“Halloween” has long been considered by many to have been the film that started the “Slasher” subculture. The independent movie became a box office smash and made Michael Myers a cultural icon ever since its debut in 1978.
Although multiple sequels and a reboot followed over the years; they did not match the intensity of the original as they opted for higher body counts and gore versus suspense and story and in many ways became almost a parody of themselves as Michael would cut down cast after cast of teens and anyone else in his way.
The new film takes the approach that none of the films after the first ever happened so instead of Michael stalking Lorrie in a hospital in “Halloween 2”; he was captured and incarcerated in an mental institute for the last forty years where he has remained silent despite his Doctor (Haluk Bilginer) best efforts to get him to speak as he attempts to understand what motivates a person described as pure evil.
The forty years since “The Night He Came Home” has not been kind to Laurie Strode (Jamie Lee Curtis); as since her encounter with Michael: she has become a hard drinking isolationist who suffers from severe Post Traumatic Syndrome. Laurie has become obsessed with guns, weapons, and protection to the point that it has cost her two marriages and even had her only child Karen (Judy Greer) taken from her by the state which has resulted in her having a fractured relationship with her and her granddaughter Allyson (Andi Matichak).
When a pair of journalists attempt to interview Laurie to try to get her to agree to a face to face with Michael; it sets a chain of events into motion which leads to Michael escaping during a prison transfer.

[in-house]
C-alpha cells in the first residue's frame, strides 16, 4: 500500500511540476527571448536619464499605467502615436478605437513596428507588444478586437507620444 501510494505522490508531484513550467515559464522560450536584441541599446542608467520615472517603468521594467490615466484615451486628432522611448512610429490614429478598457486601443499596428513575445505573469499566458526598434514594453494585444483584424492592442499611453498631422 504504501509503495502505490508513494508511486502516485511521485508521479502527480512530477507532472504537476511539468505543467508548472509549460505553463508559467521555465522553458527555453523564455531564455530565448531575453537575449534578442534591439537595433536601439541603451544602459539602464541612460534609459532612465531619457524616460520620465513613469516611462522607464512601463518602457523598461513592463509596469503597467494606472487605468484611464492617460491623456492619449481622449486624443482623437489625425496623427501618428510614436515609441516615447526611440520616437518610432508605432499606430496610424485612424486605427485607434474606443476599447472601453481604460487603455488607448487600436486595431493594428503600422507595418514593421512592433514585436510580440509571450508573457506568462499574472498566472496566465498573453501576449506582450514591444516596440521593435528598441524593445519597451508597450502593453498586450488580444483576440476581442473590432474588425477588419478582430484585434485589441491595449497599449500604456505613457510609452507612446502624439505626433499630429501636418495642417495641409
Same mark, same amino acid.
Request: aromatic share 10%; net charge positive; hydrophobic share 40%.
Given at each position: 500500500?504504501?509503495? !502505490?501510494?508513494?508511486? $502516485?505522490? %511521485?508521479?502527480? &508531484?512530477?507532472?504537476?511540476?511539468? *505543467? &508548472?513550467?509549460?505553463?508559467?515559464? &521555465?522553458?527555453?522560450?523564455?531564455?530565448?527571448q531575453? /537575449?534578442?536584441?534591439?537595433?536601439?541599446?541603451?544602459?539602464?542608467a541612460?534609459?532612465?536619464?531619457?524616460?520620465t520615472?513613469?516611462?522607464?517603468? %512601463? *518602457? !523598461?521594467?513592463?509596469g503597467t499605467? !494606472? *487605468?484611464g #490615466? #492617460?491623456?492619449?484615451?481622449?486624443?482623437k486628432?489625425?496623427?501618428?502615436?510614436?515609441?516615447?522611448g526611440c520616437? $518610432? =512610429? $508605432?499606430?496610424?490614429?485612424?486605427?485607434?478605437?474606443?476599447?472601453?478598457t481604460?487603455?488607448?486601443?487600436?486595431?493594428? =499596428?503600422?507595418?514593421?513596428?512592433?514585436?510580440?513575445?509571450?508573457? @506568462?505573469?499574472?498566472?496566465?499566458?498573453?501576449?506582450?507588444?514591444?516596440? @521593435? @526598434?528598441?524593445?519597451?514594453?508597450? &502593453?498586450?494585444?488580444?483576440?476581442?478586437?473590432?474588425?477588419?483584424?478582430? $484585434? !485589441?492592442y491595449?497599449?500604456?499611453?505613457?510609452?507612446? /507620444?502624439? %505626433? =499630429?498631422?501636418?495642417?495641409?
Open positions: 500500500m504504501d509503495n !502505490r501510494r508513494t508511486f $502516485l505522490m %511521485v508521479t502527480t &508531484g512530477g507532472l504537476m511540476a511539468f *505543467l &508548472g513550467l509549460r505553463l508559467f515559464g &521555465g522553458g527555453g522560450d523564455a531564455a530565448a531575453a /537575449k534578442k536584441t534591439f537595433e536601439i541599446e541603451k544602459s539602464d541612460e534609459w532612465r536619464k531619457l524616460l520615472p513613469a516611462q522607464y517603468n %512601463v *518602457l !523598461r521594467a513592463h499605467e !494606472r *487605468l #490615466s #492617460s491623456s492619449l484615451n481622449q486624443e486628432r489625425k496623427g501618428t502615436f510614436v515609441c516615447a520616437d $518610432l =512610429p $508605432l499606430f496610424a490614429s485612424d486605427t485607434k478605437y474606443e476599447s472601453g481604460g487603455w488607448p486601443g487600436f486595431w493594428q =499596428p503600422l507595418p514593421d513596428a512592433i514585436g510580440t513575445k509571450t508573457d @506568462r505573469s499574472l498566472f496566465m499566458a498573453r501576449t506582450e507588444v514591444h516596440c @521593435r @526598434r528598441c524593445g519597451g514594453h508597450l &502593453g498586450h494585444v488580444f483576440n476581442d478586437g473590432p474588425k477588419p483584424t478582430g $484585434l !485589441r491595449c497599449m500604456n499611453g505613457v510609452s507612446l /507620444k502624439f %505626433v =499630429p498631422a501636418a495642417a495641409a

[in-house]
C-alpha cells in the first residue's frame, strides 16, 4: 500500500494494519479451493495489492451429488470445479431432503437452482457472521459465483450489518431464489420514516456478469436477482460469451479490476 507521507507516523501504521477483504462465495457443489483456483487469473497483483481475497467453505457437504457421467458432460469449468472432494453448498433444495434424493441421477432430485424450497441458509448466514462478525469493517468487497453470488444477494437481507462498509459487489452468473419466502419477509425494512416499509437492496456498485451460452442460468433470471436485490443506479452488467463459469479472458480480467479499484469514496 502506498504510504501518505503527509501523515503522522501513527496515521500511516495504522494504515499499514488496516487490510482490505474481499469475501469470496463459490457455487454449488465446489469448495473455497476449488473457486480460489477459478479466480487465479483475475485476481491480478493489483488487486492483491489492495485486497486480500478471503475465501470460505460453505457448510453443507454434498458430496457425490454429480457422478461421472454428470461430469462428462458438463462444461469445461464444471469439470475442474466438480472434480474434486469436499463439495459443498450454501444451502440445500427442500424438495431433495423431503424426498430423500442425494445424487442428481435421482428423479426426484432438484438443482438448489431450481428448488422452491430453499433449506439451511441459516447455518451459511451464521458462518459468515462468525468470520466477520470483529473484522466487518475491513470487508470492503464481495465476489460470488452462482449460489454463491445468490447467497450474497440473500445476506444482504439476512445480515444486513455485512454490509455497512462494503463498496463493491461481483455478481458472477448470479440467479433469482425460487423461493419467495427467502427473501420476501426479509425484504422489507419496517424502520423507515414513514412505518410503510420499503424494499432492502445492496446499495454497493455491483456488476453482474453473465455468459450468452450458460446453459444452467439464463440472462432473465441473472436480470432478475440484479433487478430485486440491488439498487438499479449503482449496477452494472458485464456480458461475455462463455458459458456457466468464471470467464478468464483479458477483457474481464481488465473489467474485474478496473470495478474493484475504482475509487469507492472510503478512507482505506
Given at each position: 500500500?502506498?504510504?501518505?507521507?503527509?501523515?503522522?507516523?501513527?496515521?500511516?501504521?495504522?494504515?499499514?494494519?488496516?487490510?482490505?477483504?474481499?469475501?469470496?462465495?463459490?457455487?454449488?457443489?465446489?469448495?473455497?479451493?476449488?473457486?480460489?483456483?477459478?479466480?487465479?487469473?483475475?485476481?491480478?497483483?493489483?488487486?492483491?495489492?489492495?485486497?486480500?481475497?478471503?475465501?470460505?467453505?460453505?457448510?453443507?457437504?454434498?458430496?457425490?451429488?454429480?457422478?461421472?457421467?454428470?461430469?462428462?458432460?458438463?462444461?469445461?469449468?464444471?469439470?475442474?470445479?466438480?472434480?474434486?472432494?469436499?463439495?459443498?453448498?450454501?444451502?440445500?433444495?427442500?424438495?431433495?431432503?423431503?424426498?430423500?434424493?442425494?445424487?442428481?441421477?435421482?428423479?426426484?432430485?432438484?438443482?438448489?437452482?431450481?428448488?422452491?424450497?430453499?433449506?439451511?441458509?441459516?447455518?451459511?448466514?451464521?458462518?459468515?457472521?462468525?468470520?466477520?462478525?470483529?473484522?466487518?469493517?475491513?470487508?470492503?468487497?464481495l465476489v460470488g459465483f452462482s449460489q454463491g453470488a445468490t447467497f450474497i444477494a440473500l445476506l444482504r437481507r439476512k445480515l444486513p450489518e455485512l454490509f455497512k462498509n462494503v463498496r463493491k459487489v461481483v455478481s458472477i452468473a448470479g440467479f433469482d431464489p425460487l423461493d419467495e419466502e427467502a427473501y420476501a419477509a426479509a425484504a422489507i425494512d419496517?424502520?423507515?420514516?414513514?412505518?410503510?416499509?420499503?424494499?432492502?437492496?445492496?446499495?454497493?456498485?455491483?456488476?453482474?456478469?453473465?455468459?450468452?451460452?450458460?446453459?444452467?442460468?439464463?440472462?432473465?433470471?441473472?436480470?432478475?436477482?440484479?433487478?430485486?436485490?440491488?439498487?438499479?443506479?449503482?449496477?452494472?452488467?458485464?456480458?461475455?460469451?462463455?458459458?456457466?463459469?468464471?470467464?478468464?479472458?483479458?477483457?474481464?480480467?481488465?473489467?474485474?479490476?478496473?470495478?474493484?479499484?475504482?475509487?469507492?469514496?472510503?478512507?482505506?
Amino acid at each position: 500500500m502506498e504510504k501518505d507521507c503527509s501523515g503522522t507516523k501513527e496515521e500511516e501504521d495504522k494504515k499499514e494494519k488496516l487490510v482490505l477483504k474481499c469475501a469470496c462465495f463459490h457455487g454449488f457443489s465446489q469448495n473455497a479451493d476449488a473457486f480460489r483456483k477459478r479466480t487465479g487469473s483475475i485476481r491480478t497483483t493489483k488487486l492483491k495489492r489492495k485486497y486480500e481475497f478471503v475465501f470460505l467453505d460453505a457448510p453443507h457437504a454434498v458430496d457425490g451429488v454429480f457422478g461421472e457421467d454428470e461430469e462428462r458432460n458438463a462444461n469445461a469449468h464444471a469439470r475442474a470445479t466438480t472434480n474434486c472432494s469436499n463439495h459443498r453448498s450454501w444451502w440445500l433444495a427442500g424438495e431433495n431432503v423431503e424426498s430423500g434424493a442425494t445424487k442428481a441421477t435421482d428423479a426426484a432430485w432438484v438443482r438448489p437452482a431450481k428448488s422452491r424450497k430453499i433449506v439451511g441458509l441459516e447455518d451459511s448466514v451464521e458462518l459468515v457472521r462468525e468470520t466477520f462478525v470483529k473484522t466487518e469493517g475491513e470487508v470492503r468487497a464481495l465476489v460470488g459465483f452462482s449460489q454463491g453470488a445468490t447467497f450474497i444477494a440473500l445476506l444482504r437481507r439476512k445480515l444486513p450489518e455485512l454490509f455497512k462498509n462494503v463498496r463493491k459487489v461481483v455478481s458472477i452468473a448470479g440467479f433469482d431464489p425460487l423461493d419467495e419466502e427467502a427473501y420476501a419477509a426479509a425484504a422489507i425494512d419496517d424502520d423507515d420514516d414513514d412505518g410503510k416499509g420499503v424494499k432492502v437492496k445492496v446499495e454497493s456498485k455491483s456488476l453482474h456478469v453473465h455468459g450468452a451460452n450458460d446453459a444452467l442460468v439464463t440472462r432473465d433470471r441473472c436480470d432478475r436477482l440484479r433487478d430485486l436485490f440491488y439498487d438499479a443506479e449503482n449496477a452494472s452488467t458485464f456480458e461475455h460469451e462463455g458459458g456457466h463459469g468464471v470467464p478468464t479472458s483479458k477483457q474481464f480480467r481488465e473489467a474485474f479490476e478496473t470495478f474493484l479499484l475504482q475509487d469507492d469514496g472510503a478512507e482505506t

Michael wastes no time in returning home leaving a trail of death in his path and sets him on a collision course with Laurie who has spent the last forty years preparing for his return.
The film is a true sequel to the original as aside from the second film; it is the closest in tone and theme to the original. While it does have more gore and a higher body count in keeping with the modern expectations of a film of this type, writers David Gordon Green and Danny McBride clearly understand the source material and have crafted an extension of the original versus a continuation refurbished. The fact that John Carpenter has returned as an Executive Producer also helps.
The film wisely sets the focus on the characters which makes the horror aspects more compelling as this is not a bunch of anonymous victims we are watching.
A sequel is reportedly in development and I hope this creative team returns as this was a truly worthy sequel to the classic original that was long overdue.
4 stars out of 5